A new series of titles underlines the need to establish ways in which a civic view becomes part of the decision-making process, says Willis Pickard.
OME years ago the Scottish Academic Press produced a useful little series on contemporary issues in education. The publisher has now been retitled Dunedin Academic Press and a new series has started with a trio of titles under the same editors, Gordon Kirk of Edinburgh University and Bob Glaister of the Open University. The issues explored are well chosen for their topicality. Lindsay Paterson, professor of educational policy at Edinburgh University, looks at how the Scottish Parliament will handle its largest spending function and how education will be affected by proximity to a legislative, scrutinising and admonitory body.
Gordon Kirk himself has, unsurprisingly, chosen teacher education as his special subject. He completed the text before the McCrone agreement paved the way for changes in both initial teacher education and continuing professional development but all the challenges which the settlement throws up are clearly laid out. The third volume is about multiculturalism which Nigel Grant, former professor of education at Glasgow University, has long championed and which gains new significance with the unhappy experiences of asylum-seekers in a country that used to pride itself on accepting incomers.
Earlier this year the Parliament showed itself at its best when MSPs held a debate on special education, considering a report commissioned by one of their own specialist committees. Without party bickering they looked at the implications of teaching children with special needs in mainstream schools and the case for supporting separate schools with the right facilities and expertise. The MSPs' interest mirrors that of the Executive. There is no way in which the former Scottish Office, much less the Westminster Parliament, could have shown such involvement.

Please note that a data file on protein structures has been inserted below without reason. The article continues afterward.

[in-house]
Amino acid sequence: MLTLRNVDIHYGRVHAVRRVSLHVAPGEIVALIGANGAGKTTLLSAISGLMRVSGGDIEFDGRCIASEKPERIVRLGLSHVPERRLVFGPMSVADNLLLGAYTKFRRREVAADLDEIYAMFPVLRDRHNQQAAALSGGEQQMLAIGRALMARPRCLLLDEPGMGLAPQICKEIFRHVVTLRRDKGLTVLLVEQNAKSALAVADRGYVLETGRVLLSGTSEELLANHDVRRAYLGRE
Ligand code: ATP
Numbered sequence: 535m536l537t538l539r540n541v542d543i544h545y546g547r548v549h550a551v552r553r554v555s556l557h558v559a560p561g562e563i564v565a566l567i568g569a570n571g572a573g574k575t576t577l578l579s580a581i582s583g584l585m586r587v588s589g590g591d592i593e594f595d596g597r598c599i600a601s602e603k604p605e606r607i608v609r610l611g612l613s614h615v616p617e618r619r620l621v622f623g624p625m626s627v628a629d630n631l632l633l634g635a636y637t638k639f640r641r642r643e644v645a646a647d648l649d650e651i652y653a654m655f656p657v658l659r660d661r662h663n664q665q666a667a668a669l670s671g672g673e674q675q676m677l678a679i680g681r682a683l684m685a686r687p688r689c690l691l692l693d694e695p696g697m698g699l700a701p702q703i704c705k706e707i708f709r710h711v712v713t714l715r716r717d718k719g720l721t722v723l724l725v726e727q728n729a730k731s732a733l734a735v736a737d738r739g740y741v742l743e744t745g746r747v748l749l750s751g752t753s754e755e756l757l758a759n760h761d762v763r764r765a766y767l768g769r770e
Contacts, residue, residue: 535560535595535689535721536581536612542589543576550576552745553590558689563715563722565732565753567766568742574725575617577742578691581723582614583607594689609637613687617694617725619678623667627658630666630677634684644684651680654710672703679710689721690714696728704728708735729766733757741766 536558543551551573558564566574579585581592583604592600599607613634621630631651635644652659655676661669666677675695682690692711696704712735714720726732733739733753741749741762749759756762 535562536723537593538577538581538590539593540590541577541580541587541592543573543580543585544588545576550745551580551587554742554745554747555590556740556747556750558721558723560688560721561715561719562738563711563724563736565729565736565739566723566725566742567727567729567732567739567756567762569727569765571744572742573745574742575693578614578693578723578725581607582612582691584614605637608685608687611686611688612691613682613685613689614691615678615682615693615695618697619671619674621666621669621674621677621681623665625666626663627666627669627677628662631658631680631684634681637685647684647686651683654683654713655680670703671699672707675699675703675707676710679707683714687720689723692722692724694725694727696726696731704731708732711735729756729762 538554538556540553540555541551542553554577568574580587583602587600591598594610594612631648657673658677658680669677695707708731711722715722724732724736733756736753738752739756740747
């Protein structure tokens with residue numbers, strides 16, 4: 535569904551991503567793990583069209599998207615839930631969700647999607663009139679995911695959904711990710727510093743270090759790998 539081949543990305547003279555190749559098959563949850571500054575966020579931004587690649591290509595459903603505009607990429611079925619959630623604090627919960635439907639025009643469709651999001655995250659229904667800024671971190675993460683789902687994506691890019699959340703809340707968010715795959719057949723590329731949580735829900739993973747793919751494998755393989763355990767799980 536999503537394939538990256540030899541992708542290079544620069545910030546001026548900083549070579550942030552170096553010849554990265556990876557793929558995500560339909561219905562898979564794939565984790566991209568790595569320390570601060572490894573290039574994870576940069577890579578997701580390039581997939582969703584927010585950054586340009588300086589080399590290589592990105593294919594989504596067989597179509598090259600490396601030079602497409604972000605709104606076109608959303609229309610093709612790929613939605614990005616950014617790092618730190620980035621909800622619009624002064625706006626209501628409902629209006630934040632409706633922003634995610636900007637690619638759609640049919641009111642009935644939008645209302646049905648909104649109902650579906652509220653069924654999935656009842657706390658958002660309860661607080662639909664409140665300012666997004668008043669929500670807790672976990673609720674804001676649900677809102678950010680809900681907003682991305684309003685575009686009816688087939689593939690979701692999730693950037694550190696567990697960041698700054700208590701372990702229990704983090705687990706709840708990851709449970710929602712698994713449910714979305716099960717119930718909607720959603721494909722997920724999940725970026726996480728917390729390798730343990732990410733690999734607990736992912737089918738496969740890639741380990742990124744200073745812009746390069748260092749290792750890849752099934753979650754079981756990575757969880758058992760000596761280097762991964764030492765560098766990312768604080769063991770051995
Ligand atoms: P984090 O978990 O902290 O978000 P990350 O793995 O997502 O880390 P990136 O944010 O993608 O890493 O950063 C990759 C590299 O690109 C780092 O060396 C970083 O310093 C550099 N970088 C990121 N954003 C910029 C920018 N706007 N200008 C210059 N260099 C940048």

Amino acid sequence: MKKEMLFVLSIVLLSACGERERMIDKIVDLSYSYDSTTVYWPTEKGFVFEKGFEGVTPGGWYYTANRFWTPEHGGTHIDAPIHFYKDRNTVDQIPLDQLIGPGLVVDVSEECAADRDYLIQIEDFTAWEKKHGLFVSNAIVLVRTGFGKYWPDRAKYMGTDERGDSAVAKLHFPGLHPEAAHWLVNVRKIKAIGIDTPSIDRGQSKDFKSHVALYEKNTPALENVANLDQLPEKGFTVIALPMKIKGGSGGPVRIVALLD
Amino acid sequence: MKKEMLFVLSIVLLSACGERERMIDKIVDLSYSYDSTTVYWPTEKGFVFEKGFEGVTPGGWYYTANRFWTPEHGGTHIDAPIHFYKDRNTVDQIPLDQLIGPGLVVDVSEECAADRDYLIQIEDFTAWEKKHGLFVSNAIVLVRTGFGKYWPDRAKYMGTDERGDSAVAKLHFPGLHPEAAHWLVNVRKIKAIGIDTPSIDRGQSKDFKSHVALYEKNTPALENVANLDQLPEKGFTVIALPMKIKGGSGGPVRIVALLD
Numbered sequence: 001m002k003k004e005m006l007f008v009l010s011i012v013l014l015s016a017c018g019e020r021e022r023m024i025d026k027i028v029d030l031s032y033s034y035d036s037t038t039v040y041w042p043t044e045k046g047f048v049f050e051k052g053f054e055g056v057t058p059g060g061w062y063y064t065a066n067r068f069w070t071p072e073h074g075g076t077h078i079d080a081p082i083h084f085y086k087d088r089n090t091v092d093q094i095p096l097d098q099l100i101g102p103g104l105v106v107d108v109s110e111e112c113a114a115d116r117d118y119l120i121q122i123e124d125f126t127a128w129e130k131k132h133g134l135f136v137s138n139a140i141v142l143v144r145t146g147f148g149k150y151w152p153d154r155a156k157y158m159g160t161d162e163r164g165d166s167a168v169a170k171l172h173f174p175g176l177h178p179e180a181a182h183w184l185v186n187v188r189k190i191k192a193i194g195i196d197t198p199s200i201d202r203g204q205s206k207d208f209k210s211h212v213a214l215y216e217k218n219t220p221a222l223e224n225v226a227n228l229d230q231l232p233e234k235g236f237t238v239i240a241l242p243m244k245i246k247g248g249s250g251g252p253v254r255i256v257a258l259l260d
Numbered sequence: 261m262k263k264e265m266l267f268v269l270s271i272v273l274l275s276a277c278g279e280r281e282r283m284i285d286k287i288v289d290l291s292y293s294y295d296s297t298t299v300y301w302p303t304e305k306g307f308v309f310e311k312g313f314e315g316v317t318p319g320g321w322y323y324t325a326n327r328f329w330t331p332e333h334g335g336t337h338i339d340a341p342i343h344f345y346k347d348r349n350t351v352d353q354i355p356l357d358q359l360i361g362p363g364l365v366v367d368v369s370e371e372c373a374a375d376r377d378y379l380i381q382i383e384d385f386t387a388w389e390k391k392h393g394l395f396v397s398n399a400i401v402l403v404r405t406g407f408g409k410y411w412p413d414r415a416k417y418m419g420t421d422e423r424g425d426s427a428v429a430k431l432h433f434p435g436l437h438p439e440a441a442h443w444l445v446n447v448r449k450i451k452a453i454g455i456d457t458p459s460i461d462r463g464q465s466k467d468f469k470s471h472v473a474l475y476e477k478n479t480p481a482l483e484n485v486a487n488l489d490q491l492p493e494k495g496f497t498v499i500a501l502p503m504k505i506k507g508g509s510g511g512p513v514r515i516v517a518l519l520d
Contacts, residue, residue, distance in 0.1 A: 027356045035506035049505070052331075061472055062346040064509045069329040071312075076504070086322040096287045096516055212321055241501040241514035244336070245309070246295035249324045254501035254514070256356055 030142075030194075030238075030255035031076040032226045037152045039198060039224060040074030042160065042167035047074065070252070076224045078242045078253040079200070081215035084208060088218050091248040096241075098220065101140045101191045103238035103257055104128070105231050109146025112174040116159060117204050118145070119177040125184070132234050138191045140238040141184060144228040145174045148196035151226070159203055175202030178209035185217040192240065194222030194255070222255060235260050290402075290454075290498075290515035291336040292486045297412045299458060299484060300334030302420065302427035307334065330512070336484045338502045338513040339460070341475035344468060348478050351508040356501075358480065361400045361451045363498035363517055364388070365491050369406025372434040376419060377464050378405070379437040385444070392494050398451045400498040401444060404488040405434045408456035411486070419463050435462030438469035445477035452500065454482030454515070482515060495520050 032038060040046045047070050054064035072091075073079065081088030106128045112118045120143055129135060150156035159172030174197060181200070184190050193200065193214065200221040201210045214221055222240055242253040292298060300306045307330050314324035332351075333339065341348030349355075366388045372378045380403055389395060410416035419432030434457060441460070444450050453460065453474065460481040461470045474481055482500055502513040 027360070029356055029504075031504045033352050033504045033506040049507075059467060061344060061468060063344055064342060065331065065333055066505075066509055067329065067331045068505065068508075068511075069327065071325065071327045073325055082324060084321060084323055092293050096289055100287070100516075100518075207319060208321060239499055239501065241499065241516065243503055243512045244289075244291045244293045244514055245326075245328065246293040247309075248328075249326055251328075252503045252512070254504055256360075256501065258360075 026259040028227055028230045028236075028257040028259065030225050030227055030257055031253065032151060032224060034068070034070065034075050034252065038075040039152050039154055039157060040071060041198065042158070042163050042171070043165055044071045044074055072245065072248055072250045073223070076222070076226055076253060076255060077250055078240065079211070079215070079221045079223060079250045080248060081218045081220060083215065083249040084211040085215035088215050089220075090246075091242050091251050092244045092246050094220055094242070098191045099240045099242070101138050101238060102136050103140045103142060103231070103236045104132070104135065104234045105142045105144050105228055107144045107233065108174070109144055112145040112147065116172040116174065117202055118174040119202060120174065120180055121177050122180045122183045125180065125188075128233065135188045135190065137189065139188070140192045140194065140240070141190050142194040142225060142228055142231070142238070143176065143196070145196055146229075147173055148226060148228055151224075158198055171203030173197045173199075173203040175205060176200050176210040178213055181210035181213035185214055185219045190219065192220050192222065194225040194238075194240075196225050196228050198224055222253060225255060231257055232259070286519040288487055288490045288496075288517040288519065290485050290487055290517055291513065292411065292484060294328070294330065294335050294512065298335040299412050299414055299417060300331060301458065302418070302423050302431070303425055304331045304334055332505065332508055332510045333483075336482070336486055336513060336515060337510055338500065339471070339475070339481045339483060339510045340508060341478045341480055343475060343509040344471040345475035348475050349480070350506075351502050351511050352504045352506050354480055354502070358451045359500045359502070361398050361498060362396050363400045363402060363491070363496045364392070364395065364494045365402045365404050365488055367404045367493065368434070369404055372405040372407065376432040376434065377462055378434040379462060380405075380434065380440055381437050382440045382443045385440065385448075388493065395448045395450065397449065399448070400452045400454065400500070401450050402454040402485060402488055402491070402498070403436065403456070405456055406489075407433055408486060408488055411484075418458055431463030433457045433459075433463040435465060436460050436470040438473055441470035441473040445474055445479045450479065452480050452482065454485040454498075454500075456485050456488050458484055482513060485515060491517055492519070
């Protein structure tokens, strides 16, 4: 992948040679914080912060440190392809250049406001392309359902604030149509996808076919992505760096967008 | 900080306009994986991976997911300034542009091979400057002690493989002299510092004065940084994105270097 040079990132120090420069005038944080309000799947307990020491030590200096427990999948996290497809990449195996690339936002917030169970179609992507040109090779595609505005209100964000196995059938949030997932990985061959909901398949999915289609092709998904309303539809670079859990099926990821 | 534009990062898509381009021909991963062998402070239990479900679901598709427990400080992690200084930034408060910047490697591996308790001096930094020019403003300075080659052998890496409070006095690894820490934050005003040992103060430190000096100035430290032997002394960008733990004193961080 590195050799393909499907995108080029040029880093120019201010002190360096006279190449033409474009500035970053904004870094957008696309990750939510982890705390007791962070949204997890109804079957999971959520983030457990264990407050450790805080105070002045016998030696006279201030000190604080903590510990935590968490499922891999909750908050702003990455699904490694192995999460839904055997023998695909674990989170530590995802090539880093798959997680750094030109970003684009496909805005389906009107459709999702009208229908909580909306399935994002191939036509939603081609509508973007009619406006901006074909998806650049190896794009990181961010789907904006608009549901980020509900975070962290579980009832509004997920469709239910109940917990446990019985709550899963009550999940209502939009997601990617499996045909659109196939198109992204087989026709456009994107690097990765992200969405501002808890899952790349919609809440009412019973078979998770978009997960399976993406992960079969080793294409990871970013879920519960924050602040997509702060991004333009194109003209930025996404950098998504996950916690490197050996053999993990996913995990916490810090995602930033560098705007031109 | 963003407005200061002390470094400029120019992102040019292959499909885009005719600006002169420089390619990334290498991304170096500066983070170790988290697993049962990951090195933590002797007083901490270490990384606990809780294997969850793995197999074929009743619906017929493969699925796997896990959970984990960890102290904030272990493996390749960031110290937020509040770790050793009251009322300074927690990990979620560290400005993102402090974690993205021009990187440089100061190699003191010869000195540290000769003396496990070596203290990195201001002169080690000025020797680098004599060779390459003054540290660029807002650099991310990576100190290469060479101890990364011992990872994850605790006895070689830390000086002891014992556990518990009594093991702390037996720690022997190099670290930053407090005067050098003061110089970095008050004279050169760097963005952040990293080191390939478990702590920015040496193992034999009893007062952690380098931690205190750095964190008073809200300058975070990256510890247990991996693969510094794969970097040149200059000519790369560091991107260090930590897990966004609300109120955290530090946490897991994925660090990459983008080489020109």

For Lindsay Paterson this episode must have been reassuring. Long an advocate of self-government, he makes clear his concern lest the Parliament divorces itself from the society from which it springs. Education has found strength in its own community, not least in resisting the incursions of government - remember the teacher-parent alliance which defeated the first attempts at national primary testing.
By their power and proximity the Parliament and Executive are bound to challenge the autonomy of that community, and therefore the need to establish and develop ways in which a civic view becomes part of the policy-making process is paramount. Since Professor Paterson's book was written, the influence of the inspectorate as part of the Executive but seemingly independent of ministers has been reined back. That, too, will give confidence that central authority is not to go unchallenged in the new constitutional framework. There are signs of fresh confidence in schools and education authorities.
Many of the most fruitful innovations such as early intervention have their origin in local initiatives. National projects like new community schools are free to develop in a variety of ways rather than to a rigid, centrally devised pattern. Teachers who feel in greater control will be happier and more creative. Their own education as professionals takes on new significance, and Professor Kirk is long experienced in the debates about the relationship between theory and practice, technical competence and individual inspiration.
For many teachers, academics are as prone as politicians to add to the classroom burden. Nigel Grant would like community languages such as Urdu , Punjabi and Chinese to be available as well as European languages including Gaelic. But he is realist enough to accept the practical limitations. The same goes for another aspect of multiculturalism - education for tolerance and against racist behaviour. No add-on is needed to the curriculum. Only the input to existing teaching needs to be changed, alongside a recognition that multicultural education is not dependent on the presence of pupils from ethnic minorities. It should be a requirement for all.
Looking at the Parliament's own early preoccupations, one could add another area where teachers need encouragement - in implementing the hard-won agreement on what to teach the children about sex.
Willis Pickard is former editor of The TES Scotland.